Johannes Hermann Barend Koekkoek, A Man-O-War and a Freighter in the Roadstead 01 Classic Works of Art, Marine Paintings – Johannes Hermann Barend Koekkoek, With Footnotes, #123

Johannes Hermann Barend Koekkoek

Johannes Hermann Barend Koekkoek, Amsterdam 1840 – Hilversum 1912 

A Man-O-War and a Freighter in the Roadstead 

Oil on canvas

81 x 115 cm

Private collection

A roadstead is a body of water sheltered from rip currents, spring tides or ocean swell where ships can lie reasonably safely at anchor without dragging or snatching. It can be open or natural, usually estuary-based, or may be created artificially.

A roadstead can be an area of safe anchorage for ships waiting to enter a port (or to form a convoy); if sufficiently sheltered and convenient it can be used for transshipment of goods and stores or troops. In the days of sailing ships, some voyages could only easily be made with a change in wind direction, and ships would wait for a change of wind in a safe anchorage. More on a roadstead 

Johannes Hermanus Barend Koekkoek (July 6, 1840, Amsterdam – January 24, 1912, Hilversum) was a Dutch artist. He was the son of artist Hermanus Koekkoek, brother of Willem Koekkoek, and nephew of Barend Cornelis Koekkoek. His grandfather was the painter Johannes Hermanus Koekkoek.

In 1800 he moved to Middelburg and became a staff member in a wallpaper factory. At the same time he was a student of the “Middelburgse Teeken-Academie”, founded in 1778, where he studied for copperplate engravings and plaster casts. In 1803 he received the award “Primus of the Academy in Drawing and the Naked, Living Image of Man”. In the wallpaper workshop of Thomas Gaal was also Jakob Perkois, who also earned a reputation as a painter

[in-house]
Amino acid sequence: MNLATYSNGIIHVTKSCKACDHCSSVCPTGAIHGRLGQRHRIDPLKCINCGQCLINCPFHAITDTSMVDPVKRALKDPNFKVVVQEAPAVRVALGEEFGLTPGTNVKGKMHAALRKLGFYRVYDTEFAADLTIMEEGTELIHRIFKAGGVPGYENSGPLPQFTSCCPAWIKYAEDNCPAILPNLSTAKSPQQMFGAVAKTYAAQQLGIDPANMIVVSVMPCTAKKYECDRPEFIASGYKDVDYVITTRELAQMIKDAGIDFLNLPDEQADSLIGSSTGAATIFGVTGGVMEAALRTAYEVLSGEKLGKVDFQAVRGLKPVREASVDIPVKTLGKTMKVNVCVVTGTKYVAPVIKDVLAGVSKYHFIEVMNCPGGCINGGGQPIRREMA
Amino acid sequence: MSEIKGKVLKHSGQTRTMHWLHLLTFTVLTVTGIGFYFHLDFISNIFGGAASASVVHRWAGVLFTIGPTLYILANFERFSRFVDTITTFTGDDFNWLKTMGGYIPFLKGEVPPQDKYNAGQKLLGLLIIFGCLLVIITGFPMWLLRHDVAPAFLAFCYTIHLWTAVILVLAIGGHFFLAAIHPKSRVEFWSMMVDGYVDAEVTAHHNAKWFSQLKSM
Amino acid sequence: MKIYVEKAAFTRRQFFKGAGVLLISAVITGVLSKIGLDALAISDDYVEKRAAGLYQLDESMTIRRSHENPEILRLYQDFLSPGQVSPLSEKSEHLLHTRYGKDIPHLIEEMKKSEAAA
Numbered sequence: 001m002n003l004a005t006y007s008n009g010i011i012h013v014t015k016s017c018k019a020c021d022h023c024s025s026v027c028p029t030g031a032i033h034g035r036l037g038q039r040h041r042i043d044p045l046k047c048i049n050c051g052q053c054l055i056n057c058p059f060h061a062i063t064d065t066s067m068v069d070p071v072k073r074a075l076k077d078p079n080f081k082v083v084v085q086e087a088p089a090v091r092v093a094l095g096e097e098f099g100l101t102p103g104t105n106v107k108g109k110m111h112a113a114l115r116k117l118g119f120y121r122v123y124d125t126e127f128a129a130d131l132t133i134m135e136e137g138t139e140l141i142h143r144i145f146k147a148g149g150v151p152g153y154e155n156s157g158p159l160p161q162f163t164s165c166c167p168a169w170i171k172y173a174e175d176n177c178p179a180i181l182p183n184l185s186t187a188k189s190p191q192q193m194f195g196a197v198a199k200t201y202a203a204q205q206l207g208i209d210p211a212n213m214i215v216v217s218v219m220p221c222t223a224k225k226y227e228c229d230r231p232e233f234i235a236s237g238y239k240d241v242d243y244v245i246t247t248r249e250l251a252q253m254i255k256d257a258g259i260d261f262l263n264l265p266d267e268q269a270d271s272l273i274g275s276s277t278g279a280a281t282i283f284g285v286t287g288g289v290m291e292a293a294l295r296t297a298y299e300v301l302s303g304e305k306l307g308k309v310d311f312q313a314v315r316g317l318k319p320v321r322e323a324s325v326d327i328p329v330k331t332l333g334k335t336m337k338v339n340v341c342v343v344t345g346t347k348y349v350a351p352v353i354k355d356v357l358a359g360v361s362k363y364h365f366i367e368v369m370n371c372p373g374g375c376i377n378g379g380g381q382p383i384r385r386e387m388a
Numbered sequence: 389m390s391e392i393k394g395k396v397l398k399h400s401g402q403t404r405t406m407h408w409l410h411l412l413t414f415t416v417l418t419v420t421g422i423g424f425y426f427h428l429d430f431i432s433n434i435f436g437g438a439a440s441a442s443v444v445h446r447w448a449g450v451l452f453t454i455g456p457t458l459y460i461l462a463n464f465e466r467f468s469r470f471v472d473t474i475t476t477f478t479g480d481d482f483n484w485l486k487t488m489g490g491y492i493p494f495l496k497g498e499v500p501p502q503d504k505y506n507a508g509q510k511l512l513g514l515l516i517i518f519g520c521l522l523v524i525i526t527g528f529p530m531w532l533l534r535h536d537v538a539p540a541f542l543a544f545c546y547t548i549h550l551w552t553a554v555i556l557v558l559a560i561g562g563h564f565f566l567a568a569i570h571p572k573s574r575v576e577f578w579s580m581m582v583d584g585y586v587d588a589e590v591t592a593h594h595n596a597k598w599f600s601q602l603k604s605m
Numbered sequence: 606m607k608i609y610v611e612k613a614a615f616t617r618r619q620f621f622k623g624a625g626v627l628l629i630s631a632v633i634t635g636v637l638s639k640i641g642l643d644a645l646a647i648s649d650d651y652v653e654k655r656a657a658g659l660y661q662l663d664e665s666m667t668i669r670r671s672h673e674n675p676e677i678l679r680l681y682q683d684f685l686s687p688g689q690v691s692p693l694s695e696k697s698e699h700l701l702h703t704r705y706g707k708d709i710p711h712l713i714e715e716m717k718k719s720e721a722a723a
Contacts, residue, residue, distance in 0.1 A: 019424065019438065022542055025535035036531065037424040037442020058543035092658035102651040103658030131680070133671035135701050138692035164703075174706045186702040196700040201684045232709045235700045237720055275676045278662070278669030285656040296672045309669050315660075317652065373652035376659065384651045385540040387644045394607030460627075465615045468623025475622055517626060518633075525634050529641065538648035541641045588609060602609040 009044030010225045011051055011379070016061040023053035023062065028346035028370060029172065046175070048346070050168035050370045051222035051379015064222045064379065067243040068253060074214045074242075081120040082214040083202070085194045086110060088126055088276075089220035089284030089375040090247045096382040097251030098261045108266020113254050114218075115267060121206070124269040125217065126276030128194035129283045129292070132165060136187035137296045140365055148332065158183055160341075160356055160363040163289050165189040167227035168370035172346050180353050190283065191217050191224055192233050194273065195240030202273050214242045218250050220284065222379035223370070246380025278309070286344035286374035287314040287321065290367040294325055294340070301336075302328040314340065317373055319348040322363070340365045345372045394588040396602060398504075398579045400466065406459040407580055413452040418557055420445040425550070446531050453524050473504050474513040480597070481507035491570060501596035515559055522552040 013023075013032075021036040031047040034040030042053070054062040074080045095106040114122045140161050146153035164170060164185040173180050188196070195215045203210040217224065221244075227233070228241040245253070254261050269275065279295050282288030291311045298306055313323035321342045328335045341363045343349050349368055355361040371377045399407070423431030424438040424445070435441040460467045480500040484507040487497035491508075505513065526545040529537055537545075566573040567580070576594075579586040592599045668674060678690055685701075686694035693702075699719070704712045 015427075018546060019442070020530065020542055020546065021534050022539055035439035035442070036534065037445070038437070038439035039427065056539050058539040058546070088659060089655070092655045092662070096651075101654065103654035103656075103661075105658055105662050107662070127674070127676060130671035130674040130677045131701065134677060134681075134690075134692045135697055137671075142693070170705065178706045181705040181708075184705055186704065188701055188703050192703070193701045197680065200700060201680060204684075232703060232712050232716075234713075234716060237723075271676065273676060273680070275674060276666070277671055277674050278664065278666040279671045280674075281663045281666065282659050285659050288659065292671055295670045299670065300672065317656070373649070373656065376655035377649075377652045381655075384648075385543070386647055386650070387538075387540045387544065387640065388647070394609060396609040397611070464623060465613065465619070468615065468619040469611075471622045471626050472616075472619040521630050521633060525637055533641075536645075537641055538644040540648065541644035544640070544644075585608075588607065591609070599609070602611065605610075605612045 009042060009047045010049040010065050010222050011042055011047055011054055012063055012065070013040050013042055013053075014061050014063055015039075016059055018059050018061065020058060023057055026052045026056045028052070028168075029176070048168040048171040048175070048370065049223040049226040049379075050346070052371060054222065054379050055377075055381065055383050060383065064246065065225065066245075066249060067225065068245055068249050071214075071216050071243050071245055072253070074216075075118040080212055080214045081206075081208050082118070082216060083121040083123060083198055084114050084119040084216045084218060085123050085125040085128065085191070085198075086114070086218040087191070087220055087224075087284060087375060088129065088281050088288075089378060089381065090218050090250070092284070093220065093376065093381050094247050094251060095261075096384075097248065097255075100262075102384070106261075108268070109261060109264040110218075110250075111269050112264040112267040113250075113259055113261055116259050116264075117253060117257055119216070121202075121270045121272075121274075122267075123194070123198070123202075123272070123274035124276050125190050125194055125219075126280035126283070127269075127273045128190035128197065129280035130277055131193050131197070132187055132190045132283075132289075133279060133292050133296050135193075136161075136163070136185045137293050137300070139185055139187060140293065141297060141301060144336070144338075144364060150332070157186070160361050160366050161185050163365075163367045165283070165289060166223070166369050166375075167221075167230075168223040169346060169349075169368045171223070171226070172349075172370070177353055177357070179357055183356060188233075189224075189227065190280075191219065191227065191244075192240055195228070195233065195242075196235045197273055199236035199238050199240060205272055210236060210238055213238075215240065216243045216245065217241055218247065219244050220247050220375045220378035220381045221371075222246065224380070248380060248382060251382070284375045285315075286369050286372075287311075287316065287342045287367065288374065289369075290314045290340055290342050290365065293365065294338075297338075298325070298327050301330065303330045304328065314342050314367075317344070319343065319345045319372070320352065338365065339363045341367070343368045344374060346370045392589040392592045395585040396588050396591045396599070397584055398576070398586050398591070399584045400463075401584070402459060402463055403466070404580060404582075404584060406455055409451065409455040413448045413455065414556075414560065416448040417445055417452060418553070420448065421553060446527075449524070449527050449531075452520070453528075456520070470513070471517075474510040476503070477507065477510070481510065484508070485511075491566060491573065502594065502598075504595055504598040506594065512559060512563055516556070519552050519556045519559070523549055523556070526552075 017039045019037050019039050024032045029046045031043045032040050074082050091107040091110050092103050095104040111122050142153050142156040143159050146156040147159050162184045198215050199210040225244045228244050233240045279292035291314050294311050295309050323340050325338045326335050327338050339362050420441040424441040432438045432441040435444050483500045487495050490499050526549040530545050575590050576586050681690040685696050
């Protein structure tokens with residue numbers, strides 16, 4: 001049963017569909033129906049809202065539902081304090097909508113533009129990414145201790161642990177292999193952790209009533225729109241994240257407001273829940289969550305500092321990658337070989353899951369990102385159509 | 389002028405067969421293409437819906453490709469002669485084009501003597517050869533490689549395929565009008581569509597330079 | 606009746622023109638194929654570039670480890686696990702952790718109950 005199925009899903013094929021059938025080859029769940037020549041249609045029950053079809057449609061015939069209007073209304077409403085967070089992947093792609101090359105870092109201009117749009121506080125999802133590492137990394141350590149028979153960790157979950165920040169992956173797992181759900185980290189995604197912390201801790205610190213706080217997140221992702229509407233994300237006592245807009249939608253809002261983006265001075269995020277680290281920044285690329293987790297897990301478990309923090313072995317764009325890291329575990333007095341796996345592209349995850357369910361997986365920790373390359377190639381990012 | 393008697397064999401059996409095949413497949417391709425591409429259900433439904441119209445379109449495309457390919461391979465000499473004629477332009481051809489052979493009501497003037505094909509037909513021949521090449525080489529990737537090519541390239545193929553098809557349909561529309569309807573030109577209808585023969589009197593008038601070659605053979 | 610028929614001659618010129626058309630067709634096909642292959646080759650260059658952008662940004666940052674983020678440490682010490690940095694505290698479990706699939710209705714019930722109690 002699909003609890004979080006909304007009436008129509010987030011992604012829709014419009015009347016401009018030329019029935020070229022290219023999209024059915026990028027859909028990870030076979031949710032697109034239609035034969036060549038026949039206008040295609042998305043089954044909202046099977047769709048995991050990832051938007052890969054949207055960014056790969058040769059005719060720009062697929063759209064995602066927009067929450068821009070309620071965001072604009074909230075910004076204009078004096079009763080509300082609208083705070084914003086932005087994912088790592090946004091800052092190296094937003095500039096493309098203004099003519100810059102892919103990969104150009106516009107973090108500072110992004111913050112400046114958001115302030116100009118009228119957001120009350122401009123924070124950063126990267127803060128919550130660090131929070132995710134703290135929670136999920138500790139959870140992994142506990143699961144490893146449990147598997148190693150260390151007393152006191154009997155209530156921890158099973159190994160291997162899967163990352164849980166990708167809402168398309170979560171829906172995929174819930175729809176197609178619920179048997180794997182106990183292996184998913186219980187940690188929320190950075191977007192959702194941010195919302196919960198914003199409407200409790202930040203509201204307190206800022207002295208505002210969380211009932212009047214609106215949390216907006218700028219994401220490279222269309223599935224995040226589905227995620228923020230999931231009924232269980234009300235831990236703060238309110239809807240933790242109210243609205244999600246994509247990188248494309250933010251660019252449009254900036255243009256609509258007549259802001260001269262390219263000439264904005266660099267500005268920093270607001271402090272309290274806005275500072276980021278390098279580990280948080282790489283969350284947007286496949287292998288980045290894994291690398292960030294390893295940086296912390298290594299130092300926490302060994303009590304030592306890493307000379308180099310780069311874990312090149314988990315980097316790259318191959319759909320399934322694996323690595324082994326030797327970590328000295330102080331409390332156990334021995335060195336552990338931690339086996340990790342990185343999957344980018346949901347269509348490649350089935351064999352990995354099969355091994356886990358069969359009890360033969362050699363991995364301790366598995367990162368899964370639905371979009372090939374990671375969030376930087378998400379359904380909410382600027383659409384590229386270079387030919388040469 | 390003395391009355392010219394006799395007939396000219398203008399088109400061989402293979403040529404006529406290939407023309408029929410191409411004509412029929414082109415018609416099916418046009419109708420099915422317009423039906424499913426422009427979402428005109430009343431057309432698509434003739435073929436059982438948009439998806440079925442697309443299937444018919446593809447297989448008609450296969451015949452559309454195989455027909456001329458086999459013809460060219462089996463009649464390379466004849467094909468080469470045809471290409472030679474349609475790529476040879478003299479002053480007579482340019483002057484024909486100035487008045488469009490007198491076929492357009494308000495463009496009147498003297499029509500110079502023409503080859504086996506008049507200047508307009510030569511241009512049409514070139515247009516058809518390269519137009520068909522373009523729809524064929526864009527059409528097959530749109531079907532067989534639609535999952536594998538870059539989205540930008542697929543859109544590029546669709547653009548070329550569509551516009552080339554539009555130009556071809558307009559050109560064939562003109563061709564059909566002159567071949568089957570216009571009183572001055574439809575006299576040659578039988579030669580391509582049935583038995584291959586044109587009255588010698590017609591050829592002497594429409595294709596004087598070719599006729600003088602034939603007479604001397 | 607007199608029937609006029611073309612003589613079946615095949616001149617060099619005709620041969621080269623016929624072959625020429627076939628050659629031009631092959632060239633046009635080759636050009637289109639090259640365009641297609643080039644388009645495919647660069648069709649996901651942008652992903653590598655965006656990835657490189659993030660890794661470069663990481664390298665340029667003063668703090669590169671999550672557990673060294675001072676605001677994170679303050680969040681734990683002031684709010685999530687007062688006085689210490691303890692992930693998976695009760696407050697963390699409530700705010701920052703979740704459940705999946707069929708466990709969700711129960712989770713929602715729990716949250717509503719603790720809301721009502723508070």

Koekkoek started painting in the romantic tradition of his father but after 1864 he changed his style to a kind of realism, under influence of the Hague School. More on Johannes Hermanus Barend Koekkoek

Please visit my other blogs: Art CollectorMythologyMarine Art, and The Canals of Venice

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Author: zaidangallery

I search Art History for Beautiful works that may, or may not, have a secondary or unexpected story to tell. I then write short summaries that grow from my research. Art work is so much more when its secrets are exposed

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